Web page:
And Those things are likely to be more UWP related than DX, since you already have those features in DX, it would just be writing the enabling code for the UWP.

They showed steam games packaged as a UWP, which I am sure Valve won't be happy about. They say they will allow you to sell your app from any store, but no details on how they envision this to work.

March 30, 2016 | 07:13 PM - Posted by Goofus Maximus (not verified)

Would that even be delivered by Windows Update? I'd think that it would be updated like all UWP apps; through the Windows Store...

March 30, 2016 | 07:48 PM - Posted by BillDStrong

The Windows Store is a UWP app. You would most likely need to close all UWP apps for the update. Since the Start menu is now also a UWP app, that means at least logging out of Windows. Or more likely a full restart.

So no on the store thing. Remember, UWP is prvided by Windows, not the Store. The Store is merely a delivery mechanism.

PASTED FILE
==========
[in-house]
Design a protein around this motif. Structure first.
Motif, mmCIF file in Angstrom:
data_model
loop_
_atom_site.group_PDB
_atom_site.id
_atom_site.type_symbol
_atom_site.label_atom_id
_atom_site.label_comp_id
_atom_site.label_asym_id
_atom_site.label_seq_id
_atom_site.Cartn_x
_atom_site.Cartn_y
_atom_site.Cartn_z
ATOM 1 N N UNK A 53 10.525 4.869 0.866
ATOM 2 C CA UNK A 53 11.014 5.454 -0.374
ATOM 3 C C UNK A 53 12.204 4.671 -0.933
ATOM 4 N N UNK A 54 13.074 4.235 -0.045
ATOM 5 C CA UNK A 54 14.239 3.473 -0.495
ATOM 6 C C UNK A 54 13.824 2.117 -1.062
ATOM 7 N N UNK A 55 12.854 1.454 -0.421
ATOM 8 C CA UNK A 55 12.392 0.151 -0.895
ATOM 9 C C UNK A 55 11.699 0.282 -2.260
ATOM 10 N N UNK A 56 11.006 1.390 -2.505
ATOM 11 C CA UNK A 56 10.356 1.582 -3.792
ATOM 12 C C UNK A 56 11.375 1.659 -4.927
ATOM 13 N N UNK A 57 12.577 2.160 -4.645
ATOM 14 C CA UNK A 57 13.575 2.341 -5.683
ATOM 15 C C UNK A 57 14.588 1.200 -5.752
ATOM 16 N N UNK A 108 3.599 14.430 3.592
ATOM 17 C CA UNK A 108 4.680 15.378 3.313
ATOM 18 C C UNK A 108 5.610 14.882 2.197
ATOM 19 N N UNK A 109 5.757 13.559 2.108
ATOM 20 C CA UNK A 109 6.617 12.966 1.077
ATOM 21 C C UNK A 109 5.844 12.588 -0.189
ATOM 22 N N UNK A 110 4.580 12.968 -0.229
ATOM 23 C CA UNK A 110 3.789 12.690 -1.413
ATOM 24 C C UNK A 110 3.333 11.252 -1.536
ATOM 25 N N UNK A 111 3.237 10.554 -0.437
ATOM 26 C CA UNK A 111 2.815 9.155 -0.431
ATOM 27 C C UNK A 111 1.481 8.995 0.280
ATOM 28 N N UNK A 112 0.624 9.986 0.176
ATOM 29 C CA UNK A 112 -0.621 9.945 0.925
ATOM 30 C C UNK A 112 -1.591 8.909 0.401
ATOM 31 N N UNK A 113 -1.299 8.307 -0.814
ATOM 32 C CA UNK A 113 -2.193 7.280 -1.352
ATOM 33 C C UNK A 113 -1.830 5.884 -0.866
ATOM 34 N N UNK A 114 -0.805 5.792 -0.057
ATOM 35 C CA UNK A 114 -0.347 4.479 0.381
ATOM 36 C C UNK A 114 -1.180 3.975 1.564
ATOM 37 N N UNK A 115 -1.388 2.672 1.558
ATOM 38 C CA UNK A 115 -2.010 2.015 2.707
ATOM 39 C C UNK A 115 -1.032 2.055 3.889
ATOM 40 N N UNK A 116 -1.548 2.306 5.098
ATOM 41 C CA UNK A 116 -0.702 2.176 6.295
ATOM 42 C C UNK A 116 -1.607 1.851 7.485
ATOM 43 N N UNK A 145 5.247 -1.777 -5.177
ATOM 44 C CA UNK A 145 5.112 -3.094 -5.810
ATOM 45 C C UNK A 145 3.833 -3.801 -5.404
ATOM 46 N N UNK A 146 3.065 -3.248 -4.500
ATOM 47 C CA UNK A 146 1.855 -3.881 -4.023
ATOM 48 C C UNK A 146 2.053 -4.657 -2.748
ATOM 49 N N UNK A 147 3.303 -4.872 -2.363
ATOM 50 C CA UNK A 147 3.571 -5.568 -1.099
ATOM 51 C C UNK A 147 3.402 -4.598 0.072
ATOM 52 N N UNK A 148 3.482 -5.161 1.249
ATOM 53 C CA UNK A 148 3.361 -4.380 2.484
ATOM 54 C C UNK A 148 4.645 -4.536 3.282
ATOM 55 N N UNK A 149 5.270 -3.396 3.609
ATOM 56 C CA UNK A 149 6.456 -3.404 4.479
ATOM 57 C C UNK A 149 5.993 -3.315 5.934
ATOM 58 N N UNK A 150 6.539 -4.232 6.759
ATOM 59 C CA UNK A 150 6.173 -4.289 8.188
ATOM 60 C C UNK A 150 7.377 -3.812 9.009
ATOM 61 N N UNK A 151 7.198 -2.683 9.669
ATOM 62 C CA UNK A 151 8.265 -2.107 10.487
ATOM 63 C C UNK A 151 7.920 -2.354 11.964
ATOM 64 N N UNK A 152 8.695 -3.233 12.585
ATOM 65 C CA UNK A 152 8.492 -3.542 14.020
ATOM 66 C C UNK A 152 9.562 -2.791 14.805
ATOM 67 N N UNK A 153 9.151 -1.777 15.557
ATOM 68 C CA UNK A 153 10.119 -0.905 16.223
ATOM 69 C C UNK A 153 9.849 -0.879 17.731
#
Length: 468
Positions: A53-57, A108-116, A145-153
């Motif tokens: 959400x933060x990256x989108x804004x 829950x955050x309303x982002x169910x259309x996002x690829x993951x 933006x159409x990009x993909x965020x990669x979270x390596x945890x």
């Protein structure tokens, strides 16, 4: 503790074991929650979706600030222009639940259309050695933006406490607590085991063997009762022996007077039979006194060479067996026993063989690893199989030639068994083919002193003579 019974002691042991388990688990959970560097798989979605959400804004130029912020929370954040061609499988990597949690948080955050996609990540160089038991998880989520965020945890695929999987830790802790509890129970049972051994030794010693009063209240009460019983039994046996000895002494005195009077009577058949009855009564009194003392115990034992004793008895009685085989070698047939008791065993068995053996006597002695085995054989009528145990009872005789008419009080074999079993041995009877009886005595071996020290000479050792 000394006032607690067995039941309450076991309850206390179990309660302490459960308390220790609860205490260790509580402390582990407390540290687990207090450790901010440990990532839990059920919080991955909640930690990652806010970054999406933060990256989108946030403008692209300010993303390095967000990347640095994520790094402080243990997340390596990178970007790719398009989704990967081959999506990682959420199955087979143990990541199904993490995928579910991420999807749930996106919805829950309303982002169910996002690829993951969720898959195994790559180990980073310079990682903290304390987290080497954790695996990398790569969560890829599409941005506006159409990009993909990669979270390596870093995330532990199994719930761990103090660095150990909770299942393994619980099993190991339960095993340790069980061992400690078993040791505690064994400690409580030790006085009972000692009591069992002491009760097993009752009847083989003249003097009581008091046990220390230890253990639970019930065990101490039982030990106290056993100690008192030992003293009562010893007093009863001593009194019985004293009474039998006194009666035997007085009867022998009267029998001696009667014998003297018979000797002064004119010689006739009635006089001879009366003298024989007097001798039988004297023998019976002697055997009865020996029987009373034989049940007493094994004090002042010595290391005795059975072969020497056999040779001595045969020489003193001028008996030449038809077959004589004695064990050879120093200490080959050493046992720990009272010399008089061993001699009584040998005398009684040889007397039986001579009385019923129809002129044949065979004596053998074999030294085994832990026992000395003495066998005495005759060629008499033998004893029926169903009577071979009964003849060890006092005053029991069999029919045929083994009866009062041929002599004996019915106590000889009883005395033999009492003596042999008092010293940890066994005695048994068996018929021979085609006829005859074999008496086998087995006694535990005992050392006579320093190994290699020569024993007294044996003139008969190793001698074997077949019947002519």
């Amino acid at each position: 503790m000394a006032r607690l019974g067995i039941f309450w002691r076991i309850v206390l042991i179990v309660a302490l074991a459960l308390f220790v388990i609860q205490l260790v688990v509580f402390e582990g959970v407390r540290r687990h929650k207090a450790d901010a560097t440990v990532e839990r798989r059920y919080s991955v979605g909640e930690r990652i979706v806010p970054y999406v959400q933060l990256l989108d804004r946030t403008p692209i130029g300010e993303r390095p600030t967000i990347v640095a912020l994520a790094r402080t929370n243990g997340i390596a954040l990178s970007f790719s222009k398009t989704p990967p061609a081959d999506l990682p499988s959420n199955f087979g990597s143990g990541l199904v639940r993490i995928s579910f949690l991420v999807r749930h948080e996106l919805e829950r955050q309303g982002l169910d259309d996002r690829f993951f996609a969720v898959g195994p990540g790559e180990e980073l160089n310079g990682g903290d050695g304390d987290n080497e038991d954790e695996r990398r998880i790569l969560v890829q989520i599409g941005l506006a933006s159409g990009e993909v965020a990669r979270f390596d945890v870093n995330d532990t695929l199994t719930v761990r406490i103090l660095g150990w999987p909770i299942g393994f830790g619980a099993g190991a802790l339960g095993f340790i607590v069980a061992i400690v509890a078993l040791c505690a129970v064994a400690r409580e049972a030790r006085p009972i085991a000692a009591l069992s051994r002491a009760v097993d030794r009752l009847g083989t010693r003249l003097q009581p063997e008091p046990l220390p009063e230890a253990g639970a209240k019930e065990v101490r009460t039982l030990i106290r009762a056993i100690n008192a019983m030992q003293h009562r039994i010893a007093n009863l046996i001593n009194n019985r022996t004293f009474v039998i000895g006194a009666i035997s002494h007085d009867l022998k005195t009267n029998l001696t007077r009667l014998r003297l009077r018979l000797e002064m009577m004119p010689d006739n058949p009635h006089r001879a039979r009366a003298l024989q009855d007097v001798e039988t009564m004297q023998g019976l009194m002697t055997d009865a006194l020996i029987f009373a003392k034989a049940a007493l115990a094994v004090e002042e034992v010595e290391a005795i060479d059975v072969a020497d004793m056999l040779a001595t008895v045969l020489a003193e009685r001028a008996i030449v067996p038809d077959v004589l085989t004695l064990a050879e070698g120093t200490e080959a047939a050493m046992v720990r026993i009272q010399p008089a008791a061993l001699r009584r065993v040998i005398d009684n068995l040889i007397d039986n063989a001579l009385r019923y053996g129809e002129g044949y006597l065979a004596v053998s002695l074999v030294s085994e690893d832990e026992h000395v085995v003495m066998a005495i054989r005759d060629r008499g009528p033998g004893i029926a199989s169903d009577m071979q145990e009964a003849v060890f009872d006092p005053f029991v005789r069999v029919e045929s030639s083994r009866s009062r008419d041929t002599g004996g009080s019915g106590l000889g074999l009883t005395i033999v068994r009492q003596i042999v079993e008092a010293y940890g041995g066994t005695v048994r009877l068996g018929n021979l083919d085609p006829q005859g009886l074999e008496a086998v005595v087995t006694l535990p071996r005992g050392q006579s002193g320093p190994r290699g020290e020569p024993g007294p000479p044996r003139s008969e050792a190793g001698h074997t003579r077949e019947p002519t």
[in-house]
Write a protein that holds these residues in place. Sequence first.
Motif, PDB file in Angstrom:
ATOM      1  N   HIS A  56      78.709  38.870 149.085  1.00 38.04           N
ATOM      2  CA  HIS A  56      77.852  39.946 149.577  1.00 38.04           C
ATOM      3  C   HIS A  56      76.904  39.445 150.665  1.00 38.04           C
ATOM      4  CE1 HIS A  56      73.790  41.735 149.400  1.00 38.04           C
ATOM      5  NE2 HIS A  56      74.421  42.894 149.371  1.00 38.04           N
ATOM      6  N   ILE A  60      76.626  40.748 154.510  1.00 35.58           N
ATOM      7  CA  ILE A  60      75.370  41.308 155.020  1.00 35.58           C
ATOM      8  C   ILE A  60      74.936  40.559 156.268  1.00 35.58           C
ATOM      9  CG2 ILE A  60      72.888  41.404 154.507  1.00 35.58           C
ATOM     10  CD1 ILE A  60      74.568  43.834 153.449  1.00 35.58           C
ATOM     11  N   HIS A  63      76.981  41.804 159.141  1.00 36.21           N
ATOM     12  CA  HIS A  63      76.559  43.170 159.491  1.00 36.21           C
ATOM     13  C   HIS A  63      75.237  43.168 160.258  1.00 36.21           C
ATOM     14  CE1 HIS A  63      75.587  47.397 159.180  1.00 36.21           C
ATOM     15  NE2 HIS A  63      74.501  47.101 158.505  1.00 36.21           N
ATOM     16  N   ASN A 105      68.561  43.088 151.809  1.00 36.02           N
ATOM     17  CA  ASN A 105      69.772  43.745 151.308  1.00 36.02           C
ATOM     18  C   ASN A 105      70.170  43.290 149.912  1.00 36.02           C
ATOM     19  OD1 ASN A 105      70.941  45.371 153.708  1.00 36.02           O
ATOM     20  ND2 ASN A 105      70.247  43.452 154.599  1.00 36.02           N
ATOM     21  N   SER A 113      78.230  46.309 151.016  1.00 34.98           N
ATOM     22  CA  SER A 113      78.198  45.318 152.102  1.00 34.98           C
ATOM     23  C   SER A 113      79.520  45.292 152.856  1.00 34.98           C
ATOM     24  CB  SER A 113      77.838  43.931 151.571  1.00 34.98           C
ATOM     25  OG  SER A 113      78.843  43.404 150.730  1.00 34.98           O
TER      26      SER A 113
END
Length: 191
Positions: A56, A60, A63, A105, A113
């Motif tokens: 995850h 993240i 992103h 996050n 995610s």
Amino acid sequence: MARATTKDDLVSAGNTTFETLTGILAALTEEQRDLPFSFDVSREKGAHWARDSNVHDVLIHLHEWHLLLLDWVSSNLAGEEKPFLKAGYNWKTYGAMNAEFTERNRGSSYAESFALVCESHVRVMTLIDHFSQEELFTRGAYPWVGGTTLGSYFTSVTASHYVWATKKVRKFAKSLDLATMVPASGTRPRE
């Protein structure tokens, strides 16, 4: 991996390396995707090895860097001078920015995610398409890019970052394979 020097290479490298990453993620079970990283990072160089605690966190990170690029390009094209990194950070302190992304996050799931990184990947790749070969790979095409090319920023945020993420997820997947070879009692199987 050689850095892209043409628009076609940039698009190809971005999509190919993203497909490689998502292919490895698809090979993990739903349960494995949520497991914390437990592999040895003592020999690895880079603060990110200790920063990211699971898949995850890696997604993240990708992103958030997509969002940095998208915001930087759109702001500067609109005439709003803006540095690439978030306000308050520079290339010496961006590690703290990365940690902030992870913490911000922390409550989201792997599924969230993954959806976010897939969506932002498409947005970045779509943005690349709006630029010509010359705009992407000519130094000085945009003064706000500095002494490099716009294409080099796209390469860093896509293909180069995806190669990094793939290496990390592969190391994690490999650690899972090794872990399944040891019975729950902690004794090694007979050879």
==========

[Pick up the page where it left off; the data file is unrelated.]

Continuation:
March 31, 2016 | 03:32 AM - Posted by Anonymous (not verified)

The most worrisome thing is how they've said they plan to open up VSync off, FreeSync, G-Sync, and how they're going to allow modding and overlays in UWP applications, it's almost like someone telling you how they'll unlock the door to your toilet and allow you to take a dump, for now at least.

March 31, 2016 | 04:54 AM - Posted by lantian (not verified)

So to give us option to disable vsync they need more than a month, are you f****ing kidding me, for what, wtf are they doing...
Either way won't be buying a single thing from that garbage store until i get real full screen(not some workaround), vsync off and a real executable file, till then microsoft can go f*** themselves

March 31, 2016 | 07:10 AM - Posted by Batismul (not verified)

You took those colorful words right out of my mouth and I agree!

April 1, 2016 | 03:06 AM - Posted by Anonymous (not verified)

Yeah, I'm not buying games without Linux support anymore.